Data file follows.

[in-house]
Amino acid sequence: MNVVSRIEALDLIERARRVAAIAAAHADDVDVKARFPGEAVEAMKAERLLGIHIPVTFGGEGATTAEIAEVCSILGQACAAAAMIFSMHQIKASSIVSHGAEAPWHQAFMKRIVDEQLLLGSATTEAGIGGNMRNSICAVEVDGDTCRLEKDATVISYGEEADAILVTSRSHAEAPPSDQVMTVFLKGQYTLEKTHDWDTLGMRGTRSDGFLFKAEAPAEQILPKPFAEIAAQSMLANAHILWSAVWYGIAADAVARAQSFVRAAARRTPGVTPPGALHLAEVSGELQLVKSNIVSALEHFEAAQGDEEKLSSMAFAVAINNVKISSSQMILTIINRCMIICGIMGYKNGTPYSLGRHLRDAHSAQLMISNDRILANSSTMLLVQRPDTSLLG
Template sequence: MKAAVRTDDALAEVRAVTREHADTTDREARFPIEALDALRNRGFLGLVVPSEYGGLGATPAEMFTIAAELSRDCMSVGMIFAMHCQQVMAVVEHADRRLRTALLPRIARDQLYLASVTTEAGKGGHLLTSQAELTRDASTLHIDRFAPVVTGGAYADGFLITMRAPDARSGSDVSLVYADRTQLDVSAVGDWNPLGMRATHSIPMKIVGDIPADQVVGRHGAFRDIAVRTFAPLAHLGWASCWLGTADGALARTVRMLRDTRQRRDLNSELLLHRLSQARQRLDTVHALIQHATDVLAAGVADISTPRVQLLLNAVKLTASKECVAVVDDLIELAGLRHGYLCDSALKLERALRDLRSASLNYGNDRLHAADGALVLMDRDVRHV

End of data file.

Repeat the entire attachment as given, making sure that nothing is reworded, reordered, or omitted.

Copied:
[in-house]
Amino acid sequence: MNVVSRIEALDLIERARRVAAIAAAHADDVDVKARFPGEAVEAMKAERLLGIHIPVTFGGEGATTAEIAEVCSILGQACAAAAMIFSMHQIKASSIVSHGAEAPWHQAFMKRIVDEQLLLGSATTEAGIGGNMRNSICAVEVDGDTCRLEKDATVISYGEEADAILVTSRSHAEAPPSDQVMTVFLKGQYTLEKTHDWDTLGMRGTRSDGFLFKAEAPAEQILPKPFAEIAAQSMLANAHILWSAVWYGIAADAVARAQSFVRAAARRTPGVTPPGALHLAEVSGELQLVKSNIVSALEHFEAAQGDEEKLSSMAFAVAINNVKISSSQMILTIINRCMIICGIMGYKNGTPYSLGRHLRDAHSAQLMISNDRILANSSTMLLVQRPDTSLLG
Template sequence: MKAAVRTDDALAEVRAVTREHADTTDREARFPIEALDALRNRGFLGLVVPSEYGGLGATPAEMFTIAAELSRDCMSVGMIFAMHCQQVMAVVEHADRRLRTALLPRIARDQLYLASVTTEAGKGGHLLTSQAELTRDASTLHIDRFAPVVTGGAYADGFLITMRAPDARSGSDVSLVYADRTQLDVSAVGDWNPLGMRATHSIPMKIVGDIPADQVVGRHGAFRDIAVRTFAPLAHLGWASCWLGTADGALARTVRMLRDTRQRRDLNSELLLHRLSQARQRLDTVHALIQHATDVLAAGVADISTPRVQLLLNAVKLTASKECVAVVDDLIELAGLRHGYLCDSALKLERALRDLRSASLNYGNDRLHAADGALVLMDRDVRHV